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  1. #1
    3 Star Lounger
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    Criteria -- best practices (All versions)

    We chose to roll our own application to track Help Desk trouble tickets. The database is in SQL Server 2000. The original plan was to cobble together a quick Access front end with linked tables as a stop-gap measure until we could develop a web-based GUI. Being the shoe maker
    <font face="Comic Sans MS"><font color=blue>~Shane</font color=blue></font face=comic>

  2. #2
    Platinum Lounger
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    Re: Criteria -- best practices (All versions)

    I wonder what the speed would be like if you had a special table devoted to the IN values, then join your other table to this table.

  3. #3
    Plutonium Lounger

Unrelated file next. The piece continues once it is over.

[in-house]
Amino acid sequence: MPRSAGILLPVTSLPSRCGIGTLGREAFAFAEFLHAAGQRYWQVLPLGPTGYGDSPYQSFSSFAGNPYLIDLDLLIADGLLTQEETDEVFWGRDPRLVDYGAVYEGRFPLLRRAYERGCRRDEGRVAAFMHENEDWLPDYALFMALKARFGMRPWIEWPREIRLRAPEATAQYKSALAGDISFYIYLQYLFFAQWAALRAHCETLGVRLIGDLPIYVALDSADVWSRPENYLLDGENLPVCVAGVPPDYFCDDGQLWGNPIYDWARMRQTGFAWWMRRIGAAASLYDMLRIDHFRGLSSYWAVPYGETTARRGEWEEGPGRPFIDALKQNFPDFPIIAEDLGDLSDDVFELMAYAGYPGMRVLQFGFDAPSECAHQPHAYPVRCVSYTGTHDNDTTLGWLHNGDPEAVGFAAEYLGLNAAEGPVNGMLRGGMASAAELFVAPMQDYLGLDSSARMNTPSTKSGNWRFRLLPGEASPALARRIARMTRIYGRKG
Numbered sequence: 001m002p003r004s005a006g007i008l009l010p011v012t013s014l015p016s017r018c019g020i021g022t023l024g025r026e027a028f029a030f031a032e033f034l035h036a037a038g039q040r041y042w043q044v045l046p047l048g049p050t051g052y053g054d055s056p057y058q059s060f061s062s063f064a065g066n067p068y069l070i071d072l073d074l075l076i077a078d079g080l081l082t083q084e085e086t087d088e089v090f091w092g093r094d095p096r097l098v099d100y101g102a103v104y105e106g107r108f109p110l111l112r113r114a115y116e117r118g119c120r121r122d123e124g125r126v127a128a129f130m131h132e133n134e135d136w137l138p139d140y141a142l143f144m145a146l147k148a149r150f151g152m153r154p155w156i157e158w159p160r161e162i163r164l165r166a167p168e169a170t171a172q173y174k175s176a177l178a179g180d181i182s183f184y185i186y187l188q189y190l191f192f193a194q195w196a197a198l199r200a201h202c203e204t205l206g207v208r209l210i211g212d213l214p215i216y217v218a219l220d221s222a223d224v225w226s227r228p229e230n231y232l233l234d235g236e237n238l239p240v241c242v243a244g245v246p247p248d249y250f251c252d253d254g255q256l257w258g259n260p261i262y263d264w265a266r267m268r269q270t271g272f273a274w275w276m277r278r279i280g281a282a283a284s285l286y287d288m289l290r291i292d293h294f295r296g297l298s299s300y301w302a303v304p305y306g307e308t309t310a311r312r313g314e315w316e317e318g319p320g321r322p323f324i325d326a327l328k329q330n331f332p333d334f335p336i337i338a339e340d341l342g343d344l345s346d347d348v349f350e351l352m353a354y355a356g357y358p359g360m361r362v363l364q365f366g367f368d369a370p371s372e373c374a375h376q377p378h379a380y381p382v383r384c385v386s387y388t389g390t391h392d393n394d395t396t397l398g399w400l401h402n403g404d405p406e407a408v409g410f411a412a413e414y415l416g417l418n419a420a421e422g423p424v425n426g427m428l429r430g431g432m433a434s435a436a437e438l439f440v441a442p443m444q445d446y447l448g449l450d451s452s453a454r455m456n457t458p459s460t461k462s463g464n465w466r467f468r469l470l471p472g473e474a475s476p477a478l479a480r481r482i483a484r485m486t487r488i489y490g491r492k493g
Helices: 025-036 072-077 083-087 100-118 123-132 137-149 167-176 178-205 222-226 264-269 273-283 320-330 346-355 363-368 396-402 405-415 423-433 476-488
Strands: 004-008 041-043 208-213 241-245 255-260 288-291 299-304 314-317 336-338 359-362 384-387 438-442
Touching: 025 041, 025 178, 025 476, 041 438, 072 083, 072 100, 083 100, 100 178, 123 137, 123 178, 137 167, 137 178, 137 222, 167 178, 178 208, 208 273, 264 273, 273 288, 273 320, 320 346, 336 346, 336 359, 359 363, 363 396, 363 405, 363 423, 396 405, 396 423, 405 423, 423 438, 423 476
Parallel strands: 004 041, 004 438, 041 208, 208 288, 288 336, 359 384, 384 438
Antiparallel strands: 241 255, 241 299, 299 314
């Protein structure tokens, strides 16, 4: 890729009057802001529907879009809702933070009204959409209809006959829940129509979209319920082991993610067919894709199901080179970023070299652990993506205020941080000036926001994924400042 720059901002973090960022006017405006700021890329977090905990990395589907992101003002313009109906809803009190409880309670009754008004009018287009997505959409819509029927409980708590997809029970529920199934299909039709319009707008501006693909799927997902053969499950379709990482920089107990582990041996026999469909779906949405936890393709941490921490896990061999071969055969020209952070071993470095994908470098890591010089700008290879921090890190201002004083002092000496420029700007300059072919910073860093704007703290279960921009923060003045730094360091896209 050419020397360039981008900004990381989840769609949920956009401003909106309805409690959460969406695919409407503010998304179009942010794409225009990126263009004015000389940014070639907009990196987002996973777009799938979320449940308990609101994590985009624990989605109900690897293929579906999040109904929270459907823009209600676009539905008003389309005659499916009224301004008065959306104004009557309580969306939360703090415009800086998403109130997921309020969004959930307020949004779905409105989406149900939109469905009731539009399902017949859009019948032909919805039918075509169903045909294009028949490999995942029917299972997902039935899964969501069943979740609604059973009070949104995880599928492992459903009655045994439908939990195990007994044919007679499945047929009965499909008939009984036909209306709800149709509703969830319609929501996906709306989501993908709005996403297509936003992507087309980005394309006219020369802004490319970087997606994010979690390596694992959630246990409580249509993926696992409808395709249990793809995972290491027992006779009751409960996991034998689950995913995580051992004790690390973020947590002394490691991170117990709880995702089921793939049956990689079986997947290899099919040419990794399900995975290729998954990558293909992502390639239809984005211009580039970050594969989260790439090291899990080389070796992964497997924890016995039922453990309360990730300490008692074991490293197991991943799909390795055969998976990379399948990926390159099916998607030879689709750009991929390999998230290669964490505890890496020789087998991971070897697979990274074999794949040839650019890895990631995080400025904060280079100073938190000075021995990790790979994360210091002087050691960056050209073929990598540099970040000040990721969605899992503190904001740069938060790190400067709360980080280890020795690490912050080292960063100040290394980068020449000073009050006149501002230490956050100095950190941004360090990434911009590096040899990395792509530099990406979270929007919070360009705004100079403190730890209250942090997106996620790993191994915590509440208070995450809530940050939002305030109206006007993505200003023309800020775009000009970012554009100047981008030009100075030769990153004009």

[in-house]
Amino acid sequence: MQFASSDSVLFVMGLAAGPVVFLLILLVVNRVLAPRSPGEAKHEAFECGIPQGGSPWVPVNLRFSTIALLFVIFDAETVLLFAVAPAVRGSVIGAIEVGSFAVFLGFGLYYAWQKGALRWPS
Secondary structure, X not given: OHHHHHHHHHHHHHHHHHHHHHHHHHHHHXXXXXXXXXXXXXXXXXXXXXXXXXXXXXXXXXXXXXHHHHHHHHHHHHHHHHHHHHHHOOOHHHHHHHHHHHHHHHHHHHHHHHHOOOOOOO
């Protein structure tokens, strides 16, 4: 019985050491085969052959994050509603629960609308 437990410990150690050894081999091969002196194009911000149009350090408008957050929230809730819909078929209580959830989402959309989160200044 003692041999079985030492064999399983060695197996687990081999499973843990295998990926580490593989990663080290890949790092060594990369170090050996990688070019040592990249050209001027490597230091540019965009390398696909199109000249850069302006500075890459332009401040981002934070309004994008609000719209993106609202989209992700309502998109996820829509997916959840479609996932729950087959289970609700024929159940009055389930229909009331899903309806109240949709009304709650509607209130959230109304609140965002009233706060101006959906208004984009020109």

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    Re: Criteria -- best practices (All versions)

    Actually, it looks like what you experienced was the fact that in SQL, NOT is much slower because it has to look at the entire recordset before it can return a list, while EQUALS can use the indexes to return the values that apply. The same applies to IN and NOT IN. In is quite fast, while NOT IN is slow. <img src=/S/shrug.gif border=0 alt=shrug width=39 height=15> It's harder to prove a negative.

    If I read your post correctly, you would be returning only the items that are Assigned/In Process. Does that include Open as a pre-condition? What about any that haven't gotten to 2 yet? Using < 4 would probably give you better performance that <> 4.
    Charlotte

  4. #4
    Plutonium Lounger
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    Re: Criteria -- best practices (All versions)

    It should be faster if it would filter using a join rather than a WHERE condition.
    Charlotte

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